Climate talks began in Durban, South Africa on Monday amid downplayed expectations for any meaningful agreements on cutting greenhouse gas emissions or progress on finding a successor to the Kyoto Protocol.
With the Kyoto Protocol’s mandatory carbon targets now covering less than a third of the world’s carbon emissions, some observers say that a global, top-down approach may increasingly be replaced by local, incremental climate policies, from Australia’s new carbon tax to Colombian initiatives to replace polluting truck fleets and promote renewable energy.
“The situation has never been weaker for [a global]vision,” said James L. Connaughton, who chaired the Council on Environmental Quality under President George W. Bush.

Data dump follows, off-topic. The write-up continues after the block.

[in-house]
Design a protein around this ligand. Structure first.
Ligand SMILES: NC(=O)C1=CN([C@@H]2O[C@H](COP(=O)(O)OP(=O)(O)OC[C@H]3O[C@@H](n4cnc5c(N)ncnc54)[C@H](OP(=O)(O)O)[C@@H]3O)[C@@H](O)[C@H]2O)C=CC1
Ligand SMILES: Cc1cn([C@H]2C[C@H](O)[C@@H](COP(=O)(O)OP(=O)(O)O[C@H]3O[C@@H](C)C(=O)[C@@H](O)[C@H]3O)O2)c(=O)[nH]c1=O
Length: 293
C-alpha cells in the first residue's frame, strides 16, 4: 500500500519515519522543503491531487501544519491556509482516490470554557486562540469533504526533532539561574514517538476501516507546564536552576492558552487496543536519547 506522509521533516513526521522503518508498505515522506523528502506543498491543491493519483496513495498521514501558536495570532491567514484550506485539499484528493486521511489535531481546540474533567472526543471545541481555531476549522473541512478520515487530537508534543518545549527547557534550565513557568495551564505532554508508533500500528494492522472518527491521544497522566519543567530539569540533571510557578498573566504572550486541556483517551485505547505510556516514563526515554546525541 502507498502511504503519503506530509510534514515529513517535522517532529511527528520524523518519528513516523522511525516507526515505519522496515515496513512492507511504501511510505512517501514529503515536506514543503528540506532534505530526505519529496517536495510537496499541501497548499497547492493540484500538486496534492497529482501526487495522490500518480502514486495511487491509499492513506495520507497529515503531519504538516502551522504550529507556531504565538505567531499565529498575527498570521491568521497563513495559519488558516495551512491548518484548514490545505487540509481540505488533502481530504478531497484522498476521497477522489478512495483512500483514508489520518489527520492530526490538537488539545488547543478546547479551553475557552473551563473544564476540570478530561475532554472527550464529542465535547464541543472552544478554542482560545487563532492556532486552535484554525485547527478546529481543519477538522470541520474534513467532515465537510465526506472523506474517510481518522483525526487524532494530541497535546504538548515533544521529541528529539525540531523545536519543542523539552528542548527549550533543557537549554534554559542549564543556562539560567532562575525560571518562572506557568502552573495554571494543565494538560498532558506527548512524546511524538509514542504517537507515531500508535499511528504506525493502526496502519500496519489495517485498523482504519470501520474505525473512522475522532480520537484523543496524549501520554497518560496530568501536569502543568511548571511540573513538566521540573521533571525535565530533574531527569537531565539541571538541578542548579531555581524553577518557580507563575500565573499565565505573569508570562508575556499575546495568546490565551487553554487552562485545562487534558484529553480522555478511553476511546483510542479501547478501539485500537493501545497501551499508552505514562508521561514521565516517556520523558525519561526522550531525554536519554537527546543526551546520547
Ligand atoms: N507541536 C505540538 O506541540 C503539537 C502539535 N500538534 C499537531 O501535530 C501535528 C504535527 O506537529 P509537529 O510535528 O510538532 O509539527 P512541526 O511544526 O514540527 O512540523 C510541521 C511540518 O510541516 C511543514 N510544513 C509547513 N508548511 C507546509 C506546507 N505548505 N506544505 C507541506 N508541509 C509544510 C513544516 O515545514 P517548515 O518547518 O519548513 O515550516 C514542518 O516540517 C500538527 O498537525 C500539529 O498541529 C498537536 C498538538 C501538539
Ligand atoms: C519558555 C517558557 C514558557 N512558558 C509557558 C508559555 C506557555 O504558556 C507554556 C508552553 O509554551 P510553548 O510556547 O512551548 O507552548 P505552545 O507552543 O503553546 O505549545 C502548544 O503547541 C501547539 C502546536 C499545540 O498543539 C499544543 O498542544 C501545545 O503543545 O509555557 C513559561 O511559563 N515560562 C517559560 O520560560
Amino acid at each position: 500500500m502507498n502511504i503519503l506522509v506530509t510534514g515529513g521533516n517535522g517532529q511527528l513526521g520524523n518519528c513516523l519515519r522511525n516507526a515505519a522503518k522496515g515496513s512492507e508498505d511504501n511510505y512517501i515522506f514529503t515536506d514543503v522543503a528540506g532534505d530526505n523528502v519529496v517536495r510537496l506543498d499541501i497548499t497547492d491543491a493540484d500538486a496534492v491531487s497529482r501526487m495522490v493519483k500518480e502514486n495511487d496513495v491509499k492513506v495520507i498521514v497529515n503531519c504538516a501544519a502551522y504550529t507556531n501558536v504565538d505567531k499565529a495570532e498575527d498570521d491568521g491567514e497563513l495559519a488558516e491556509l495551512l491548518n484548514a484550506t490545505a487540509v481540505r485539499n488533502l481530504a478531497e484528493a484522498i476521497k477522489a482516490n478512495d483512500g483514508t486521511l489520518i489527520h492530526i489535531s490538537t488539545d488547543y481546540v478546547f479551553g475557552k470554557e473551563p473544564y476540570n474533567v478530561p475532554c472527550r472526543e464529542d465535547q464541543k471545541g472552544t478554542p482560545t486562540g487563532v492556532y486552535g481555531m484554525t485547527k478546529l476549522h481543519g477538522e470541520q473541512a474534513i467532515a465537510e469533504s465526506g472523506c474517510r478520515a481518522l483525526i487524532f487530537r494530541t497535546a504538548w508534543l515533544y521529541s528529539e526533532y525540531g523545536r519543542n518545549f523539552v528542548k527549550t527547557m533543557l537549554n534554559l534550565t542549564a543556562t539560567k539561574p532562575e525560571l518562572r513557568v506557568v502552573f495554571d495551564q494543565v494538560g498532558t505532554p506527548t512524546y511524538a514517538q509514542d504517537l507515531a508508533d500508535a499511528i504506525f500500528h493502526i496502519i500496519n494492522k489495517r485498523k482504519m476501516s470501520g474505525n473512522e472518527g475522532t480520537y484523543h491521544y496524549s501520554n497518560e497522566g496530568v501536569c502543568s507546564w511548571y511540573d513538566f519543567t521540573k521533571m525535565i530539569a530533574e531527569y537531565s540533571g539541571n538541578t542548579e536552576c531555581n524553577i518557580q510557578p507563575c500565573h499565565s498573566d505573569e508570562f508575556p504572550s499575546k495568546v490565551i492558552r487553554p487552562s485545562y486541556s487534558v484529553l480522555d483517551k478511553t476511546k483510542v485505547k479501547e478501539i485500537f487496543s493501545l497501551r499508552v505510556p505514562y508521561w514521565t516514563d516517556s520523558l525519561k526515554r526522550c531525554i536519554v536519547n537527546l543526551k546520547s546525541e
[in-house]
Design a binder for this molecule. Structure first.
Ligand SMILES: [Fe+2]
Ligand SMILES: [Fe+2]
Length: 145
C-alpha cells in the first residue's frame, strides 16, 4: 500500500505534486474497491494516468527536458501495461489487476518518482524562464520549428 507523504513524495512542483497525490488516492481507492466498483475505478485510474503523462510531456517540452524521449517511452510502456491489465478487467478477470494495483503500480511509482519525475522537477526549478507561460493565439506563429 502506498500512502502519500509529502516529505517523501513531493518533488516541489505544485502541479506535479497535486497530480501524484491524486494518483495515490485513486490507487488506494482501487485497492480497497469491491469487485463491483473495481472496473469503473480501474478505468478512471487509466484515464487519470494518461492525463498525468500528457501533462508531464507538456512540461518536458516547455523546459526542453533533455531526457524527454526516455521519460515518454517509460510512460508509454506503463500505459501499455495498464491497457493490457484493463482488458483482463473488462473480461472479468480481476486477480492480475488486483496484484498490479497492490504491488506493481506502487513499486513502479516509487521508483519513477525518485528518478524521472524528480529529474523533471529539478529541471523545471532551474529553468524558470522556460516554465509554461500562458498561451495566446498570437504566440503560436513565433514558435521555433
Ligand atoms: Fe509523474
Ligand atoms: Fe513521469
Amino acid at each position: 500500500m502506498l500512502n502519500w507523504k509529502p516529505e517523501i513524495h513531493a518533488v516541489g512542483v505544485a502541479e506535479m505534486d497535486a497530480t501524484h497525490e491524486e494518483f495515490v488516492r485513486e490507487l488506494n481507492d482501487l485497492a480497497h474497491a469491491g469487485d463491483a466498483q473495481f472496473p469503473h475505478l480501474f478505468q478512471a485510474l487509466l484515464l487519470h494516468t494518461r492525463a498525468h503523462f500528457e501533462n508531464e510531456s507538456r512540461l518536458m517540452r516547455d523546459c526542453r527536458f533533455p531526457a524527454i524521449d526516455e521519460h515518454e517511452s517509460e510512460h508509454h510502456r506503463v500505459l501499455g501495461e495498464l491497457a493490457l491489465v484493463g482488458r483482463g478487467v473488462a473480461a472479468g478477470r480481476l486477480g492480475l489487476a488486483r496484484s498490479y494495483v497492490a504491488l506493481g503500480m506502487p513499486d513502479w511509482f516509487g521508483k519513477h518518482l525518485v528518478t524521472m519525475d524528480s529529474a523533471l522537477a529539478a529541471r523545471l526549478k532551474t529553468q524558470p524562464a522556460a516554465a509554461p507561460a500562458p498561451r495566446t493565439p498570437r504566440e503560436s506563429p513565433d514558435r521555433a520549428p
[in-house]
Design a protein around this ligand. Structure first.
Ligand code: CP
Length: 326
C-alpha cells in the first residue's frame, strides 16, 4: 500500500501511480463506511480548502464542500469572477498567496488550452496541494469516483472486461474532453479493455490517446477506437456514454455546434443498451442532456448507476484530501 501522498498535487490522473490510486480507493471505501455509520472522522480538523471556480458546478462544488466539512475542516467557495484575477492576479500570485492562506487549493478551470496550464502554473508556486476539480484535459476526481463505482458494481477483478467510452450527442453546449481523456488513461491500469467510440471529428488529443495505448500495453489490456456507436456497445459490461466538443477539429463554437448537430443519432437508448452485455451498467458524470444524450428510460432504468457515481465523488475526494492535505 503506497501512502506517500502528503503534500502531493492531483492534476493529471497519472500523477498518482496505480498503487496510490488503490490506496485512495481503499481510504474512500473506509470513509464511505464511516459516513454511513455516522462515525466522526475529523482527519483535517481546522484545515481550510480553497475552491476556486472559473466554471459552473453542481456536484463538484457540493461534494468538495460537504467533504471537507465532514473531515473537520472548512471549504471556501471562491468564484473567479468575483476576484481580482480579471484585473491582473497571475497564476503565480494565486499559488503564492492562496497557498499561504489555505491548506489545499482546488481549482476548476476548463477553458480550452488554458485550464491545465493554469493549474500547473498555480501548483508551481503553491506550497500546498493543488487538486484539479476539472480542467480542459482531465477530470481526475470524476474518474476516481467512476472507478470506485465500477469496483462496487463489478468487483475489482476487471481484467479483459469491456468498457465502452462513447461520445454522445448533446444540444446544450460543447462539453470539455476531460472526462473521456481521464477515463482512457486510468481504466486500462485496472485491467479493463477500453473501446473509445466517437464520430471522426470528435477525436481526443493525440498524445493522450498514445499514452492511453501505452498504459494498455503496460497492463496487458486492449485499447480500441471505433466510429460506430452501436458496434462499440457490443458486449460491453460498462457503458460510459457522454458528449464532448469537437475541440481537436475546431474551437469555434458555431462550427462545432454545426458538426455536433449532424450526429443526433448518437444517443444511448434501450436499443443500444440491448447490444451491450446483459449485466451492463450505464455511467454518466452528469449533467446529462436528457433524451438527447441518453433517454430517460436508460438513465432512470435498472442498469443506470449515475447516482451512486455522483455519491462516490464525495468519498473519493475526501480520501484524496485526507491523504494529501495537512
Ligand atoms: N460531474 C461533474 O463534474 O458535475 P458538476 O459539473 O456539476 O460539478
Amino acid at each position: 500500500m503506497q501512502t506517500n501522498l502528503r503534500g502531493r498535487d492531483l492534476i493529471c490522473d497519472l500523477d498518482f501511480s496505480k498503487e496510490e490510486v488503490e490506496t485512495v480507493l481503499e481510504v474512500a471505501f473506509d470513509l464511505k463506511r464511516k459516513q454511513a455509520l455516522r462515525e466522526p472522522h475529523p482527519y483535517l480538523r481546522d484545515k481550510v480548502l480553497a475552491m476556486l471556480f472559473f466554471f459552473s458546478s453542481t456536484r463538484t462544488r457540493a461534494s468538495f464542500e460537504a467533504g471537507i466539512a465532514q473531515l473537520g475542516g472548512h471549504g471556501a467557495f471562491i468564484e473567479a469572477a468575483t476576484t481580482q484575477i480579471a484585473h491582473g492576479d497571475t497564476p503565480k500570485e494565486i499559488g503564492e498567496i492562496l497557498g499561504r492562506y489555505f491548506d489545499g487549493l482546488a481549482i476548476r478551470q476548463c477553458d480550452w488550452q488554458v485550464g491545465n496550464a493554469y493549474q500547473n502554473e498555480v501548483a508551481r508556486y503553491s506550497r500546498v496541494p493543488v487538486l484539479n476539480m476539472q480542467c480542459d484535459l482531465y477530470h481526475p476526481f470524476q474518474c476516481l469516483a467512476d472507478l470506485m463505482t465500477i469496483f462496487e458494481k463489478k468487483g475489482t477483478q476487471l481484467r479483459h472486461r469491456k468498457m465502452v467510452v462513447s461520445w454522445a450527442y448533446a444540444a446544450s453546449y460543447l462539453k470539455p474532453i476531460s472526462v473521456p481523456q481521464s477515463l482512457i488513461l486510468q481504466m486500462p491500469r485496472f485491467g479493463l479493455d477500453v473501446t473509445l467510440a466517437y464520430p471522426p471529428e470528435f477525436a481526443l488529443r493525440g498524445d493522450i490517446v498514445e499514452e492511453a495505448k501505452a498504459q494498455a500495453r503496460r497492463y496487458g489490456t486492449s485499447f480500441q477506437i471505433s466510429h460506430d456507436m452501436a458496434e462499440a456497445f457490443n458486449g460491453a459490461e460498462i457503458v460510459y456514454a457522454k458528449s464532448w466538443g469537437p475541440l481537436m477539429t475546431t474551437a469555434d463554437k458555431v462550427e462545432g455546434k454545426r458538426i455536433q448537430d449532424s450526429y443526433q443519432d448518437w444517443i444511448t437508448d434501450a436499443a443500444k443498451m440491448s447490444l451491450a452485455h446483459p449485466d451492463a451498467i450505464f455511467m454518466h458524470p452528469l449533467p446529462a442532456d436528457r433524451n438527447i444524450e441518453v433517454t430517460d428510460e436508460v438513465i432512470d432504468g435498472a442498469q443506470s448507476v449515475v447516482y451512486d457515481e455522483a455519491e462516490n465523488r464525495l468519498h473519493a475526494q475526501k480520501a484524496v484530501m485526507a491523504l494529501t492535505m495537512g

In 1997, nearly 200 industrialized nations agreed to the Kyoto Protocol, pledging a 5.2 percent reduction in carbon emissions compared with 1990 levels by 2012. But the U.S. never ratified the protocol, and the targets did not apply to emerging countries like China and India.
The European Union is the only Kyoto signatory willing to sign on for a second five-year commitment period, but will only do so if other nations — including the U.S., China, and India — begin negotiations on a global deal that can be implemented by 2020.
Negotiators hope to make some progress in Durban on establishing financing mechanisms to help developing nations deal with the impacts of global warming.
Article appearing courtesy Yale Environment 360.